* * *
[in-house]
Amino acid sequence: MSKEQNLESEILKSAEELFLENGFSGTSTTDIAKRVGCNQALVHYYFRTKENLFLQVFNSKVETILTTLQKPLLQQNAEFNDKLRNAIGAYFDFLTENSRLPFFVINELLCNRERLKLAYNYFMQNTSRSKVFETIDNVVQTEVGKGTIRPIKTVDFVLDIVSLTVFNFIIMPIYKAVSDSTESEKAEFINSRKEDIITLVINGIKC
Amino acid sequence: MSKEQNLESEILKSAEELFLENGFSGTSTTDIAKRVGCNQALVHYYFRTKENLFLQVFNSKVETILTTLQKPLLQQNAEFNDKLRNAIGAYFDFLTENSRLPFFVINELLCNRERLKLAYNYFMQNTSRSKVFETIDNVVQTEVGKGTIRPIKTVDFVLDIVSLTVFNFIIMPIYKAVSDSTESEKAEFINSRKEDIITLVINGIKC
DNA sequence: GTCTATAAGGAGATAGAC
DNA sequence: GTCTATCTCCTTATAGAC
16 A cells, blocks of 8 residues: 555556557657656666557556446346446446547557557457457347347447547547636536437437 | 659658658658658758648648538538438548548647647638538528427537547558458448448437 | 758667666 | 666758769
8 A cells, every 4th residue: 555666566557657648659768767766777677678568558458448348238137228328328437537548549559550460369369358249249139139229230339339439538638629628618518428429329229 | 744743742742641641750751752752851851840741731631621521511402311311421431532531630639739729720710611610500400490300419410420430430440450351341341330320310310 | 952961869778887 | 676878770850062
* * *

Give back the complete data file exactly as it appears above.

[in-house]
Amino acid sequence: MSKEQNLESEILKSAEELFLENGFSGTSTTDIAKRVGCNQALVHYYFRTKENLFLQVFNSKVETILTTLQKPLLQQNAEFNDKLRNAIGAYFDFLTENSRLPFFVINELLCNRERLKLAYNYFMQNTSRSKVFETIDNVVQTEVGKGTIRPIKTVDFVLDIVSLTVFNFIIMPIYKAVSDSTESEKAEFINSRKEDIITLVINGIKC
Amino acid sequence: MSKEQNLESEILKSAEELFLENGFSGTSTTDIAKRVGCNQALVHYYFRTKENLFLQVFNSKVETILTTLQKPLLQQNAEFNDKLRNAIGAYFDFLTENSRLPFFVINELLCNRERLKLAYNYFMQNTSRSKVFETIDNVVQTEVGKGTIRPIKTVDFVLDIVSLTVFNFIIMPIYKAVSDSTESEKAEFINSRKEDIITLVINGIKC
DNA sequence: GTCTATAAGGAGATAGAC
DNA sequence: GTCTATCTCCTTATAGAC
16 A cells, blocks of 8 residues: 555556557657656666557556446346446446547557557457457347347447547547636536437437 | 659658658658658758648648538538438548548647647638538528427537547558458448448437 | 758667666 | 666758769
8 A cells, every 4th residue: 555666566557657648659768767766777677678568558458448348238137228328328437537548549559550460369369358249249139139229230339339439538638629628618518428429329229 | 744743742742641641750751752752851851840741731631621521511402311311421431532531630639739729720710611610500400490300419410420430430440450351341341330320310310 | 952961869778887 | 676878770850062